Picking Up The Pieces

Near the Puget Sound, where I live, snow seldom falls.  On those rare occasions that cold, white precipitation makes an appearance, accumulation is generally less than two inches.  A few weeks ago, however, things changed.  It snowed, and snowed, and snowed some more.  We had a record-breaking TEN inches overnight, and the snow continued to fall.  It was beautiful!

The interesting thing about living where there is very little snow is that very few cities or counties own snowplows because it’s difficult to justify the expense. On those rare occasions that snow falls, everything comes to a grinding halt. My schedule instantly emptied. Swimming lessons were cancelled. Violin lessons were cancelled. Piano lessons were cancelled. Drum lessons were cancelled. The dishwasher installer phoned to say he couldn’t make it. The streets were impassable, and we enjoyed a peaceful week at home without having to drive anywhere. I loved it.


Not everything was perfect, though.  There’s a huge maple tree in my yard:

A few days after the snowstorm, we got hit with an ice storm.  Freezing rain coated everything.

I’d never seen anything like it.  Never heard anything like it, either.  It was too much for the trees.  All around, it sounded like gunshots as limbs succumbed to the cold and ice, snapping and plummeting to the ground.

The ground shook as our beloved maple lost its battle with the ice.

As we’ve been cleaning up the debris, I’ve been thinking that this storm was a little like receiving an RA diagnosis.  Storms can’t be prevented, and neither can RA.  Suddenly your entire world has changed, and there isn’t a thing you can do about it.  We just deal with the storms in our lives, and pick up the pieces so we can move on.

My poor maple tree.  On hot summer days, I’ll miss the shade.  My kids will miss their tire swing.  There’s no point in mourning forever, though.  We could pile everything in a heap and have a big bonfire, but then all we’d have left is a pile of ashes.  What a waste.  Instead, the smaller branches have all been carefully stacked; we’ll use them to heat the pool this summer.  My daughter will turn some of the wood on our lathe, and make beautiful pens – which she hopes to sell to fund a missions trip she wants to take this summer.  The larger limbs have been set aside to season, and will become beautiful salad bowls.  We’ll try to take a disaster and make something beautiful out of it.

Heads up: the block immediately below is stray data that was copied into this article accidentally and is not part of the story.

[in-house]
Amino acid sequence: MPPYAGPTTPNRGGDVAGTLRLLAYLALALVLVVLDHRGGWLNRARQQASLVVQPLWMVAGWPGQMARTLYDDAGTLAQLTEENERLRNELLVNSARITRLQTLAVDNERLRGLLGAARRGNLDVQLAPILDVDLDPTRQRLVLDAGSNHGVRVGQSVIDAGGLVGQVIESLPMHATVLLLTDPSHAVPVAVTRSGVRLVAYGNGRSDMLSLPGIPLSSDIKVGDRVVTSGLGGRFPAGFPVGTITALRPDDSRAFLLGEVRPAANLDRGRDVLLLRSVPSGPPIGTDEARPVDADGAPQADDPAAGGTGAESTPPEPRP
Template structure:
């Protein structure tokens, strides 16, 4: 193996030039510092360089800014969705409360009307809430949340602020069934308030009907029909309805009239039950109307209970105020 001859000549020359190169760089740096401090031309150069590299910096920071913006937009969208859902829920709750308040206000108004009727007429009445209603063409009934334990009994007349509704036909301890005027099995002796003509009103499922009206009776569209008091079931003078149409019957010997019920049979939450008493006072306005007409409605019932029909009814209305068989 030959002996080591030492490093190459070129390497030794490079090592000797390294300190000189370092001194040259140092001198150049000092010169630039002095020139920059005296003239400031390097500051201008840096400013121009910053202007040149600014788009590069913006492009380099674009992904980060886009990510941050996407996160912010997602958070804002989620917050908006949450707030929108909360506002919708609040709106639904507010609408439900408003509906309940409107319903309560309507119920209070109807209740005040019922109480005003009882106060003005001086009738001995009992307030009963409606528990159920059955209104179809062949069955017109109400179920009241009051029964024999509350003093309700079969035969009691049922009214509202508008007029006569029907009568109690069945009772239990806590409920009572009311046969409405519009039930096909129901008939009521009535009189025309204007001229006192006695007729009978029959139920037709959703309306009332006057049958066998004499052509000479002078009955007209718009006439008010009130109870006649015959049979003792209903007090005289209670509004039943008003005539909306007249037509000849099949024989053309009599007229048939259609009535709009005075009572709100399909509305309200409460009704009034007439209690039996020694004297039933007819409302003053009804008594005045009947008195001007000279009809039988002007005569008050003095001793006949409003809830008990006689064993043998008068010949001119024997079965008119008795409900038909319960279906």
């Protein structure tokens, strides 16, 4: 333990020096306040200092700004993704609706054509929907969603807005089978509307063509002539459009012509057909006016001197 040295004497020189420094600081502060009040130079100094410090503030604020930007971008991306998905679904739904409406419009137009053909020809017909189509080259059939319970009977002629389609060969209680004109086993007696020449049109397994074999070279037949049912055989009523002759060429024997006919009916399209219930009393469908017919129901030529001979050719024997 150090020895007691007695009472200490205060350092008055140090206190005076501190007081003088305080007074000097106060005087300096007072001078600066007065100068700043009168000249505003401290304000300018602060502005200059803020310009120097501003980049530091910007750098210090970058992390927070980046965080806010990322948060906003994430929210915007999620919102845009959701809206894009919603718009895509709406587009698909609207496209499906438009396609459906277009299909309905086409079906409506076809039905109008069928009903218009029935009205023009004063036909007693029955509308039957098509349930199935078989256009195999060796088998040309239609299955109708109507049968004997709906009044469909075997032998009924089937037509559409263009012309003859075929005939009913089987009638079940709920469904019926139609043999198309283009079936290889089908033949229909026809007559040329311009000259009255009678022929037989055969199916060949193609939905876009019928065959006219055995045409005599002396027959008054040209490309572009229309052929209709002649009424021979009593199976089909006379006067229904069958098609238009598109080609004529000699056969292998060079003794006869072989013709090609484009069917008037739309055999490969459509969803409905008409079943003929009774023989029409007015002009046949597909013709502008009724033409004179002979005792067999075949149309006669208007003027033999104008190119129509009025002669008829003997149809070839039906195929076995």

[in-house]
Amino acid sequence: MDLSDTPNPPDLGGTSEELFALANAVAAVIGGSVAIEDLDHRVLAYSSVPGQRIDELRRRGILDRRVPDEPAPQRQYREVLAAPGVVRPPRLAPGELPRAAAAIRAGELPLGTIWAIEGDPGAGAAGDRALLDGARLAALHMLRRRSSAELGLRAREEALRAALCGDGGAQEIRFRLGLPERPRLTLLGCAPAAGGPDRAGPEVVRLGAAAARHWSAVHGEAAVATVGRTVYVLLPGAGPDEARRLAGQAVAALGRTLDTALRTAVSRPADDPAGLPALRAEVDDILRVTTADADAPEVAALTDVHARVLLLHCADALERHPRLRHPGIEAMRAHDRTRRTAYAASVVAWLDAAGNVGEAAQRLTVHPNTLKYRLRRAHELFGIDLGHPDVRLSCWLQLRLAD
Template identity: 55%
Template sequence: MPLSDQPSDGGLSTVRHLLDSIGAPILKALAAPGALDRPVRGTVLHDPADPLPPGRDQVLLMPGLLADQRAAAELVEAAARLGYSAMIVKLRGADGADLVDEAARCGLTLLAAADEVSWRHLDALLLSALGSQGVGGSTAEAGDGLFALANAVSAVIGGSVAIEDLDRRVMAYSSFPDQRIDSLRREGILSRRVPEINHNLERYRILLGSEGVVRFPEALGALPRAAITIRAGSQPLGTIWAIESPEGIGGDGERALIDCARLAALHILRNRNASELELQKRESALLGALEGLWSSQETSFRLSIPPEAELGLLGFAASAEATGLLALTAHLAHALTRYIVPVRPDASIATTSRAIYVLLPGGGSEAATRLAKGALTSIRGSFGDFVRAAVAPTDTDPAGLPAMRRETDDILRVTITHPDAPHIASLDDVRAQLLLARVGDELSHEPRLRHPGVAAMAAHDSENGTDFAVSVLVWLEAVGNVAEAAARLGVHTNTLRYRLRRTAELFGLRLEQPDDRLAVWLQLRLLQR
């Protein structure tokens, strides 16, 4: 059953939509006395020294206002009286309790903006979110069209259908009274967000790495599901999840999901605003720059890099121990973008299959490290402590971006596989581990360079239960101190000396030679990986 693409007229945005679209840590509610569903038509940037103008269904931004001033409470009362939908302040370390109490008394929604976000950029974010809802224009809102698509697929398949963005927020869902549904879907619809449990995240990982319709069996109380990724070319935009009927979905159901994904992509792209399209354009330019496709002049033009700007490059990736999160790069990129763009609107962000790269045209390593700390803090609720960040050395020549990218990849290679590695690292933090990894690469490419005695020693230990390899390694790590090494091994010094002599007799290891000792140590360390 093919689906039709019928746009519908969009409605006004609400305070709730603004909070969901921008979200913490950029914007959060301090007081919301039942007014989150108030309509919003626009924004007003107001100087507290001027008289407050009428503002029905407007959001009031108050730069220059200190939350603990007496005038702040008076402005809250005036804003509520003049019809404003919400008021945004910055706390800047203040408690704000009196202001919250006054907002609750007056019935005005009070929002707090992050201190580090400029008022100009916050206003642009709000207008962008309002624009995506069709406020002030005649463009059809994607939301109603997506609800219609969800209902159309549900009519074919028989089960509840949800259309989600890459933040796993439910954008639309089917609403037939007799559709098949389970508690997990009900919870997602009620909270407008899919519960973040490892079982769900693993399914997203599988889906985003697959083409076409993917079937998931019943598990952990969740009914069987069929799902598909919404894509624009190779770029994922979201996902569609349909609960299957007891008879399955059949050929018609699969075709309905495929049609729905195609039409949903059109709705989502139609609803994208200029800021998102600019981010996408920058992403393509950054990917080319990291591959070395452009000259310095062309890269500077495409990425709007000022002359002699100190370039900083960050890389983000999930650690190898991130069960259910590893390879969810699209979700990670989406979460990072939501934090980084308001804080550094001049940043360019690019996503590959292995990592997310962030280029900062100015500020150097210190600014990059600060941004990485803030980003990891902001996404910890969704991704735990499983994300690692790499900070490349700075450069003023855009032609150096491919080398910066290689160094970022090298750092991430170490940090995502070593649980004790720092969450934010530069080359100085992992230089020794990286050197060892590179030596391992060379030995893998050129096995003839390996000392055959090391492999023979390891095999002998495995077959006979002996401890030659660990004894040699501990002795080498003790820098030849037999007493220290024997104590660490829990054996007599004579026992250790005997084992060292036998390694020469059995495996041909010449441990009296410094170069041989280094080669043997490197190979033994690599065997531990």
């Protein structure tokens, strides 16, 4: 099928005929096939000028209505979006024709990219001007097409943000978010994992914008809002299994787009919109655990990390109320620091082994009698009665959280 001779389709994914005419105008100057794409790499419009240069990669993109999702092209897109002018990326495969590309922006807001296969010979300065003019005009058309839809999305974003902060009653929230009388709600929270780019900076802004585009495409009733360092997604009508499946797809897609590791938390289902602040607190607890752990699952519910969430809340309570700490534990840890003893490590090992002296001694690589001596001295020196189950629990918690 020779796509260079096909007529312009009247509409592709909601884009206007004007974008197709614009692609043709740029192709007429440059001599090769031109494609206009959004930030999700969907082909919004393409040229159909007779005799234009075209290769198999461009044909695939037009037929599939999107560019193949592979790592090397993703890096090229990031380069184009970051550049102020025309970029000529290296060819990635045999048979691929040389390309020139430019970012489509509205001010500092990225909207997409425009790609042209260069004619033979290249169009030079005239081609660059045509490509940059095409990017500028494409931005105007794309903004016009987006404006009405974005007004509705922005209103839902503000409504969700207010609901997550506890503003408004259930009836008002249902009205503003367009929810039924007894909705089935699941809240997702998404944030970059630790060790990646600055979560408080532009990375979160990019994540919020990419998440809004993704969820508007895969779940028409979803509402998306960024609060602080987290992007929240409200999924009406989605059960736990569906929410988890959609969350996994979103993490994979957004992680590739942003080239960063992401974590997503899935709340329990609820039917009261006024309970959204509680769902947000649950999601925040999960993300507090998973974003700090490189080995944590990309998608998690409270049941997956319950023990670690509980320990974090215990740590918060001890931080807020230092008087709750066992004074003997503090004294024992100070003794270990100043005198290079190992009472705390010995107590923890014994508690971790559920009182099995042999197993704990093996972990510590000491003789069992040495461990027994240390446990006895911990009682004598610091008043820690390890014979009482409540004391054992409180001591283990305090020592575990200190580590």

I want that in my life, too.  A chronic diagnosis can seem like a disaster.  Maybe there’s a way, though, to pick up the pieces and turn them into something good.


7 thoughts on “Picking Up The Pieces

  1. Thank you for your comment on my blog! I was just reading about your storm in the Northwest! We are from the Seattle area and both my family and my husband’s are still there. We are in Colorado now and love it, but Seattle will always be home…

    I’m so sorry to hear about your RA. My husband actually works for a company that treats severe RA. Their product is called Actemra, and is an injection for IV infusion. Have you heard of it? It has done miraculous things for people with severe RA.

    Glad that you were able to use the storm as an analogy for life. I honestly think that there is a deeper correlation to everything that we experience in life and can illustrate amazing spiritual truths.